I am writing because I am very saddened that my five year old step-daughter is being relocated to over 600 miles away where she has lived from birth. Her mother is moving there to be with her current boyfriend/fiance. My husband and I have tried to fight it but $10,000.00 later we have exhausted our resources and it just seems that the custody battle has been too hard on both children (we have a two year old daughter together). There is still a lot of anger towards her mother for taking her away from all she has ever known. My question is: I want the girls to have the closest relationship possible (being eight hours away). Please give me advice as to how to maintain their sibling relationship to the fullest extent. I guess it's worth noting that we'll have her for eight weeks every summer, ten days during Christmas, then days in the Spring, and whenever we can drive up to visit on the weekends. I'm afraid the girls (especially the two year old) will be really confused about why they aren't able to see each other all the time like they were before. Thanks for any advice you can give me.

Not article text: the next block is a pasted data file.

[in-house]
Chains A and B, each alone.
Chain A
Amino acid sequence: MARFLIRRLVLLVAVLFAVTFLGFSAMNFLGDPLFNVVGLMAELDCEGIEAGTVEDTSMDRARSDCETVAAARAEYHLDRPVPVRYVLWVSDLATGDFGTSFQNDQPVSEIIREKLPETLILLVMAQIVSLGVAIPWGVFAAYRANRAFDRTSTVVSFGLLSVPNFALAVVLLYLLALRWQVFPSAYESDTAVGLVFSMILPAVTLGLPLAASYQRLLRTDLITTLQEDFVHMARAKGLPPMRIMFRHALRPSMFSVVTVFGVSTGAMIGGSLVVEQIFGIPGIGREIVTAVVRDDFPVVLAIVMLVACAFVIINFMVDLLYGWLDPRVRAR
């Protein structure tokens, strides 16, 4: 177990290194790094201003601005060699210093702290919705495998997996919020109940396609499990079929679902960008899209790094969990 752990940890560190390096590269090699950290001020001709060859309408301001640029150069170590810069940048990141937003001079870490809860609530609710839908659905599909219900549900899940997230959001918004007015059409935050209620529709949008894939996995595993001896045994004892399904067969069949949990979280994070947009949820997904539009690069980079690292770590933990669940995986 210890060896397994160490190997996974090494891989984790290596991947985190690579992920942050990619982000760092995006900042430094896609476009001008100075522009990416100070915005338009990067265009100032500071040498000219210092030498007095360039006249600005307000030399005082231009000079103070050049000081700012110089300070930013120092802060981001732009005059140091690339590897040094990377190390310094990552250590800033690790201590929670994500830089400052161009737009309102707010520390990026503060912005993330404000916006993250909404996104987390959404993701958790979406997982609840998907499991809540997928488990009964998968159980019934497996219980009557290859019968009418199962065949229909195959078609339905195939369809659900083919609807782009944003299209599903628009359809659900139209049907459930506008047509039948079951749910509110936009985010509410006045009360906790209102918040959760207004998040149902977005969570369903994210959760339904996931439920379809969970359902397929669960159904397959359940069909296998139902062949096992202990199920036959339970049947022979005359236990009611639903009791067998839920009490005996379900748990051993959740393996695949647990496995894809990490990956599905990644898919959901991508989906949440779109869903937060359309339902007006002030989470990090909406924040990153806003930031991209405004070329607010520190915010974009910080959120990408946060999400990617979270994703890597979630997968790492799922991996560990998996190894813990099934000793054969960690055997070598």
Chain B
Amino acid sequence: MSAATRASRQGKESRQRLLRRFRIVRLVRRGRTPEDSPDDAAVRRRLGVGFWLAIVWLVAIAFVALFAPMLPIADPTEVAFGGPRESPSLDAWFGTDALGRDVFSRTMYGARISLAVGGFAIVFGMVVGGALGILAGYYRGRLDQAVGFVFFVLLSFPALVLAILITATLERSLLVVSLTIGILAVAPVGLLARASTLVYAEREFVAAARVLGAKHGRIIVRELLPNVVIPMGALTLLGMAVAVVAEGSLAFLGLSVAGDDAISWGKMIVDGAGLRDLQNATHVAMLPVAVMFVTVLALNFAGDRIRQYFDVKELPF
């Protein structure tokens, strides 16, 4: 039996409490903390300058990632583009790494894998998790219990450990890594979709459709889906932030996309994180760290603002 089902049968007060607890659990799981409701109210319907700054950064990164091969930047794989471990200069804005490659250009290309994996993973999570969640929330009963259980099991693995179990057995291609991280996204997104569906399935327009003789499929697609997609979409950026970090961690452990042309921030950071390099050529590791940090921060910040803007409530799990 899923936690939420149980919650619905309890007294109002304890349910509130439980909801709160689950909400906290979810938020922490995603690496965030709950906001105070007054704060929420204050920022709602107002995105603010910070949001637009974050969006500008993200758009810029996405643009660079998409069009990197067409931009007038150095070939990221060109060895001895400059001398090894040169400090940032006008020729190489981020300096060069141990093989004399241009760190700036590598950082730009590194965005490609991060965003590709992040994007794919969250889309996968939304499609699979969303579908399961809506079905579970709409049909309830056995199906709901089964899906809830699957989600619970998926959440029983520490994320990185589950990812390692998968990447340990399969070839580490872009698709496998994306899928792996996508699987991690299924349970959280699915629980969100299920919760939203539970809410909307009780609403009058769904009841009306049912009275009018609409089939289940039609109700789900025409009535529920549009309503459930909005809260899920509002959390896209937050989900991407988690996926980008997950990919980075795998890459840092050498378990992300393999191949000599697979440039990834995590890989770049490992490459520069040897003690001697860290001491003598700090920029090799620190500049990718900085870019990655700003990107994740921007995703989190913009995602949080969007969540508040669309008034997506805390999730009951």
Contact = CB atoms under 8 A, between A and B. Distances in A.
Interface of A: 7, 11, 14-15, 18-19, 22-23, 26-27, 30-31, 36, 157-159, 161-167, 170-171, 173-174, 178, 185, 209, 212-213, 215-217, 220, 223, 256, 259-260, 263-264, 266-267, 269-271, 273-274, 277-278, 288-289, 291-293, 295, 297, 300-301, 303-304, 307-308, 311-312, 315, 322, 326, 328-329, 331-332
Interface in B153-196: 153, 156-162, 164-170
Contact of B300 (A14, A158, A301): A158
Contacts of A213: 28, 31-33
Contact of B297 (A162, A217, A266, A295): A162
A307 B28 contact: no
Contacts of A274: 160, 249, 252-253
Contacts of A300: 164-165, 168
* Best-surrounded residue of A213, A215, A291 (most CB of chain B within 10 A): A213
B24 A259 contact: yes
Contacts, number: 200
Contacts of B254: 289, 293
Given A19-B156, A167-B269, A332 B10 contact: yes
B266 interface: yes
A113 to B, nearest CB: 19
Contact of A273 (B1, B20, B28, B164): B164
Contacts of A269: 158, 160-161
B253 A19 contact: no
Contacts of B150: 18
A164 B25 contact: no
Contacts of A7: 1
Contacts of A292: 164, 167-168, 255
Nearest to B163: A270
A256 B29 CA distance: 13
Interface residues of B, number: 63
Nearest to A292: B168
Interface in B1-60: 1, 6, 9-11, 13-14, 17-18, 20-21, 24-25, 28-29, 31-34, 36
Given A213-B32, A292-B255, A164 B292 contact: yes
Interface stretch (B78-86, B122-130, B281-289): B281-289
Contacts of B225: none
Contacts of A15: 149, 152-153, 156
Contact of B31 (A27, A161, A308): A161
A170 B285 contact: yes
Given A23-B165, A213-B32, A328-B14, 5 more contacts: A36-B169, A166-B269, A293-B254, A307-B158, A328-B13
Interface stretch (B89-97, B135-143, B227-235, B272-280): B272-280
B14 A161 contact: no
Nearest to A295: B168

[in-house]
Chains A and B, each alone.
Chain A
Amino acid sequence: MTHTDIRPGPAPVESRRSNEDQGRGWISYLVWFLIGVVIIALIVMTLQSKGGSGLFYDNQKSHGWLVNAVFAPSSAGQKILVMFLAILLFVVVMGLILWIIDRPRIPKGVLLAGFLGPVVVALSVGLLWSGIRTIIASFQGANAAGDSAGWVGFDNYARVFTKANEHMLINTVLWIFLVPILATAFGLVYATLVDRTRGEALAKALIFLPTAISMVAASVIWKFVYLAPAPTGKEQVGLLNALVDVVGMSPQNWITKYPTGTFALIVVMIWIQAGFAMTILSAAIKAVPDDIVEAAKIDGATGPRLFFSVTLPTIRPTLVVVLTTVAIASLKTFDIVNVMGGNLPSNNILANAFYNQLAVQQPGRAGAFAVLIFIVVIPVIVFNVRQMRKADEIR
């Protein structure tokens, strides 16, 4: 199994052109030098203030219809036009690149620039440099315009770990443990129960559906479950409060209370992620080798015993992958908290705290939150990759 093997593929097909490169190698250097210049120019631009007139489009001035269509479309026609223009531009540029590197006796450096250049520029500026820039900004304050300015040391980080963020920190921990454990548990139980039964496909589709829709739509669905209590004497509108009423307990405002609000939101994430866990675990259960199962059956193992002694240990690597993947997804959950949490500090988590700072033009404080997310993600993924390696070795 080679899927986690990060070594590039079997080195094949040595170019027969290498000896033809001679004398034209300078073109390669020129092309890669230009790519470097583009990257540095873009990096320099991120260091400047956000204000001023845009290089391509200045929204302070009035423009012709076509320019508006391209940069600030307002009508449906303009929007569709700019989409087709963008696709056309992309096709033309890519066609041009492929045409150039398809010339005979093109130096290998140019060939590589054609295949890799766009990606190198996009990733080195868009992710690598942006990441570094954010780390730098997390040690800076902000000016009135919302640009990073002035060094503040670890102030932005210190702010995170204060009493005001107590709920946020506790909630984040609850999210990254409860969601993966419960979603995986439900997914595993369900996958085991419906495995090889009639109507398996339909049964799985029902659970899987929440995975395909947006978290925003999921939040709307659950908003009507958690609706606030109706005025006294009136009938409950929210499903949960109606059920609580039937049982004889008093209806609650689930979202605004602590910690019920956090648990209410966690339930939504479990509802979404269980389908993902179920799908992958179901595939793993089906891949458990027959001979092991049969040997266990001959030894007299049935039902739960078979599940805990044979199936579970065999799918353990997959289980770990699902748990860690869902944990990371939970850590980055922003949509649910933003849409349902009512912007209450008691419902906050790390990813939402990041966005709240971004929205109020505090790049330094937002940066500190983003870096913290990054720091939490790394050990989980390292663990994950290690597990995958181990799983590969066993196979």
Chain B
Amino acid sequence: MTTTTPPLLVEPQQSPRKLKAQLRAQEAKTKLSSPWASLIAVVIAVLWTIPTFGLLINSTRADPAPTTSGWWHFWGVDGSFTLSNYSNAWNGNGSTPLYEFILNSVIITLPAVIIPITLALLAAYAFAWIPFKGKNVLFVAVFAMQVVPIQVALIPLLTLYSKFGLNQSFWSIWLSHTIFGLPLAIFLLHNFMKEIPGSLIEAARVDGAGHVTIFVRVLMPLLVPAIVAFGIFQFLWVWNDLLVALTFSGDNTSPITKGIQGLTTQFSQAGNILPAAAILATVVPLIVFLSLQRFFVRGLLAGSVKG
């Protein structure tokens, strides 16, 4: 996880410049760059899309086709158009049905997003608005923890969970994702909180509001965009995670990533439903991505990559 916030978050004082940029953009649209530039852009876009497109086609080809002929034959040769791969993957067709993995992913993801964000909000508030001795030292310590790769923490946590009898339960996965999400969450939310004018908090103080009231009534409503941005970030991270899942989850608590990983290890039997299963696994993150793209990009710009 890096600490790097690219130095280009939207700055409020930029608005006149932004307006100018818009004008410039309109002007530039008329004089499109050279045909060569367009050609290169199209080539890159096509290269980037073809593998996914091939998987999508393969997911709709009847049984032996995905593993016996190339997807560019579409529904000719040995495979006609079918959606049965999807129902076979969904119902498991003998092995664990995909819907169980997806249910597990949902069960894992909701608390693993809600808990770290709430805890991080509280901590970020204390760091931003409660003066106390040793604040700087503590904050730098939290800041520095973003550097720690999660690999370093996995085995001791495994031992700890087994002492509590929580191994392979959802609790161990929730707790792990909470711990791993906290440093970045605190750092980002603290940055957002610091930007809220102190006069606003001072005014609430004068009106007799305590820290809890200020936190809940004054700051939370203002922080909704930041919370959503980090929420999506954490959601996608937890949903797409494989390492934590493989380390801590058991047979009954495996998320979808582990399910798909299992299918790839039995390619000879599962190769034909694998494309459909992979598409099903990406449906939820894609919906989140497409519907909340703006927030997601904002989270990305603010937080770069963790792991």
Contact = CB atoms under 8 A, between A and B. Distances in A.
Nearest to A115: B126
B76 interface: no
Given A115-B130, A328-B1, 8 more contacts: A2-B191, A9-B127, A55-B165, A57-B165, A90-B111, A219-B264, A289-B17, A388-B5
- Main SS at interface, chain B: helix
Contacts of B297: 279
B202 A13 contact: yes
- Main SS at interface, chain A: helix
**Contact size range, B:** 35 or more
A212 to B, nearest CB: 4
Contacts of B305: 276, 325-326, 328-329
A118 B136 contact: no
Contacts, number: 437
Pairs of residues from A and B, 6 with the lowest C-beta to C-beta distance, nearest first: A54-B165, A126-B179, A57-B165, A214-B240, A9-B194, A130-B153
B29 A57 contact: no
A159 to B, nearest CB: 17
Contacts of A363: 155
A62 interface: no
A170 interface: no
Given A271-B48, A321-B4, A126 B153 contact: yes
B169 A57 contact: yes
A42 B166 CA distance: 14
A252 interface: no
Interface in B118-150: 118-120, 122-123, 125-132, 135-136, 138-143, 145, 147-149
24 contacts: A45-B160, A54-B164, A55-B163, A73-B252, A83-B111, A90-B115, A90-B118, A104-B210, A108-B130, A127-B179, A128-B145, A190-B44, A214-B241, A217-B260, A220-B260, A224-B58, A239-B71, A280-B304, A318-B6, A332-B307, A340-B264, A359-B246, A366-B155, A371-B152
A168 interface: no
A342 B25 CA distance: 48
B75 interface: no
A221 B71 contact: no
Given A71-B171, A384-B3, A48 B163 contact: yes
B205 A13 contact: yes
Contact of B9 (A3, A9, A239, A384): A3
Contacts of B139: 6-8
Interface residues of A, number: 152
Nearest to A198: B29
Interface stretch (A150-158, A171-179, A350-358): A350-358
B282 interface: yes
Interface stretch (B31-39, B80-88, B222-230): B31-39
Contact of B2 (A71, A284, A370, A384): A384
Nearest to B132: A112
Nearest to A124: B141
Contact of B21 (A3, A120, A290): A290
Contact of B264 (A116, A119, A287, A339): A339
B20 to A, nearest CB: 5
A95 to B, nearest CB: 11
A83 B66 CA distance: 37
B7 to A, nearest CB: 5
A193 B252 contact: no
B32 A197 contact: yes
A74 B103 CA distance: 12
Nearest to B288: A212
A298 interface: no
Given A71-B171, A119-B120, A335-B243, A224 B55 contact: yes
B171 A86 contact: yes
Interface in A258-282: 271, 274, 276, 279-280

First, work to improve your adult relationships with your step-daughter's mother. Any anger that remains will only serve to put stress on the co-parenting relationship and will harm the children. Remember that underlying anger is hurt and love disappointed. The healthier that relationship can be, the better for both children. Second, it sounds like parenting time will be pretty substantial which is a positive. The question becomes what activities can you use to maintain contact during the times that they are apart. I would start by making sure that there are plenty of pictures of both children in each home. I would make sure that these pictures are updated regularly since children change as they grow. I would encourage phone calls regularly (two or three times per week at a minimum). Even if your two year old cannot talk on the phone, just hearing her sister's voice can help maintain the closeness. In addition, I would encourage both children to send pictures they make regularly and as they get older and are able to write, they can write to each other. Another avenue may be the use of e-mail for speedier delivery if you and your step-daughter's mother have access to the technology. You may want to contact the Association of Family and Conciliation Courts at www.afccnet.org or by phone at 608-664-3750 since they have many brochures including one titled Moving Away and Long-Distance Parenting that may be helpful for all the adults involved. You might want to work with a local mediator or parenting coordinator to help work out any bumps that come up along the way. You can find a mediator/parenting coordinator at www.mediate.com or www.divorcenet.com.